For the ethanol industry it's déjà vu all over again as the conversation of food versus fuel is heating up, much like it did in 2008. Among the reasons for the resurgence is a lower yielding crop and a record production year for biofuels. But Executive Director of the Ohio Corn and Wheat Growers, Dwayne Siekman, says there are some different ideas he’s hearing from the opposition this time around:
“There were a number of folks that were tying the revolution in Egypt to ethanol and corn, and that was really the catalyst for those people to over-throw their government because they were hungry, because ethanol production has taken more corn production which has taken wheat acres out around the world. So, that’s one of the more interesting things that has come out in the past couple of weeks.”
Other issues affecting food prices include the drought in Russia and floods in Australia that have hampered worldwide production. If food prices continue to rise, the voice of the consumer might also increase in volume, and Siekman says his organizations are trying to debunk myths as fast as they are being created. Where it gets tricky is getting a pro-biofuels message to those in other aspects of agriculture:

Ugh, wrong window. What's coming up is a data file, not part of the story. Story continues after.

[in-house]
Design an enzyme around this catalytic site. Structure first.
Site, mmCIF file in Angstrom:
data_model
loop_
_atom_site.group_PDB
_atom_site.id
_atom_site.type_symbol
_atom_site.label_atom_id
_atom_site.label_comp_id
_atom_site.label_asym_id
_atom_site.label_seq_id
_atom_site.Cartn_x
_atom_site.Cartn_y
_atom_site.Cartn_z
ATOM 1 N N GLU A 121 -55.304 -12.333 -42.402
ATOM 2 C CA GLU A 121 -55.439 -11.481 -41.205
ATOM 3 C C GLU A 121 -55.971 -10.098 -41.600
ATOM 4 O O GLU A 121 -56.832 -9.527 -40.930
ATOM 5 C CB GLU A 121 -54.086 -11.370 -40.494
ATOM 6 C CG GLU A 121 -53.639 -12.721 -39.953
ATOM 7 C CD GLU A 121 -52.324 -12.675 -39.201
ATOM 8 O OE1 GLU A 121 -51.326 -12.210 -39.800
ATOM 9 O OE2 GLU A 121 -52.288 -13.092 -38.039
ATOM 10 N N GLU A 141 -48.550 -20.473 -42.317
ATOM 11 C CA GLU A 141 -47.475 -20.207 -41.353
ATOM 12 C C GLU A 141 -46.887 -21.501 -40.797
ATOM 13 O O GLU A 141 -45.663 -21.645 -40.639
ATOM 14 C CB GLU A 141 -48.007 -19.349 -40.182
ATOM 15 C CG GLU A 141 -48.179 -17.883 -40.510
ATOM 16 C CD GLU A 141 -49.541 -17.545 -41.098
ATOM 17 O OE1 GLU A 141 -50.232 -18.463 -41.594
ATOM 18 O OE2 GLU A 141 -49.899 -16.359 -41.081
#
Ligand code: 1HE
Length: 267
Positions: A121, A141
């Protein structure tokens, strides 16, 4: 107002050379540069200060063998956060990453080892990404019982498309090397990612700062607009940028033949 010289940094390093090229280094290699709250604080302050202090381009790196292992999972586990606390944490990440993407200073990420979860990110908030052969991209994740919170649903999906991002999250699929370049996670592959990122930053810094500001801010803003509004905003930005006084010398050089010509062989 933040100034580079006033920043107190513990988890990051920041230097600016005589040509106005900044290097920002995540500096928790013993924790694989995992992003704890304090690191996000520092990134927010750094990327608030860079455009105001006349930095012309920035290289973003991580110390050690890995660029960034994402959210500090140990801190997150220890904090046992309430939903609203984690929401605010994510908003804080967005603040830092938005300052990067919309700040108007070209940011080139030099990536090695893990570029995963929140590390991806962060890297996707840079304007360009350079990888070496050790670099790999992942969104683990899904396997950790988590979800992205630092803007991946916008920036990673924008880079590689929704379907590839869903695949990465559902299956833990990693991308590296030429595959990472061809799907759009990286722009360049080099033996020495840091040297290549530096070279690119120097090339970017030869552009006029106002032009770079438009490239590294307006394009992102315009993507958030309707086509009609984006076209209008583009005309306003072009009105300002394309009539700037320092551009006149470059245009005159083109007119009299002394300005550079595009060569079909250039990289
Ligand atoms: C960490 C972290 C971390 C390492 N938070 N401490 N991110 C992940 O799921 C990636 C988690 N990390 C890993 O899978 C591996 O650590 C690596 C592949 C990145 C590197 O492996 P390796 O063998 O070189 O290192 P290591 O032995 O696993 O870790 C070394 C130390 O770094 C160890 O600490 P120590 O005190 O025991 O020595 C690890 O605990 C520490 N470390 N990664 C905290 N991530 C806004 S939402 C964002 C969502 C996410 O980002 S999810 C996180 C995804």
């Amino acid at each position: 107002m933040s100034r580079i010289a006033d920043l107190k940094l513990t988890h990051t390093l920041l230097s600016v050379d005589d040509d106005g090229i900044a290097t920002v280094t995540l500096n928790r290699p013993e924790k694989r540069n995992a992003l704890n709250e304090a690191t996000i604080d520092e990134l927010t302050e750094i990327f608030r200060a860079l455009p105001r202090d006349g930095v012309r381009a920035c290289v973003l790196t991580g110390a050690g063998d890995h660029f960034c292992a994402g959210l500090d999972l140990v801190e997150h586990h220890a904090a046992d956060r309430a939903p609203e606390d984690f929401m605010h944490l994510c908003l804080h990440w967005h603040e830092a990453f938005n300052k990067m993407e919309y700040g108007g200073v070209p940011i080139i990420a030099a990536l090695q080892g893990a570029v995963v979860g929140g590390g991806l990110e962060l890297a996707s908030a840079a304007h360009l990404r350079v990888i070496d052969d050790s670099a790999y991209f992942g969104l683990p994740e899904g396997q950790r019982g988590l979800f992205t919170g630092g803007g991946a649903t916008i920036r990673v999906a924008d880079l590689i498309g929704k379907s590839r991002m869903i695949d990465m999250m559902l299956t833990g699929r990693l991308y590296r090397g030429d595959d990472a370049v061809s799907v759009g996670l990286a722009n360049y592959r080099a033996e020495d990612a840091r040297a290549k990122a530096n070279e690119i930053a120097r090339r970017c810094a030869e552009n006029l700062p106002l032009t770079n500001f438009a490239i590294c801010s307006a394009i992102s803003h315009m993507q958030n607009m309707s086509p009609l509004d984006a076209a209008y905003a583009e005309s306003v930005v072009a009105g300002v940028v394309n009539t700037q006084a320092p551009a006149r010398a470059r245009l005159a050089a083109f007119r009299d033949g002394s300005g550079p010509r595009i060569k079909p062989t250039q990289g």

“Our organization’s looking at our policy, and you know, livestock is still the number one market for total consumption of corn and distiller’s grains. So, we want to make sure that there’s not an unfair playing field. And I think looking at the federal budget and issues along those lines, we’re taking a hard look about the policies, the infrastructure needs, of both ethanol and exports, and really going back and really looking at what our true beliefs are.”
Siekman says many answers to the food versus fuel debate can be found at NCGA.com . He believes the resources are a good tool for anyone who wants to find out more:
“If you really just take a big, broad look and understand the ins and outs of the marketplace and what ethanol means to livestock and what the corn farmer is doing in this country, you know, it gives you a little bit different perspective on what the whole impact that corn and ethanol have on food prices.”
Dwayne Siekman - Executive Director of the Ohio Corn and Wheat Growers Association.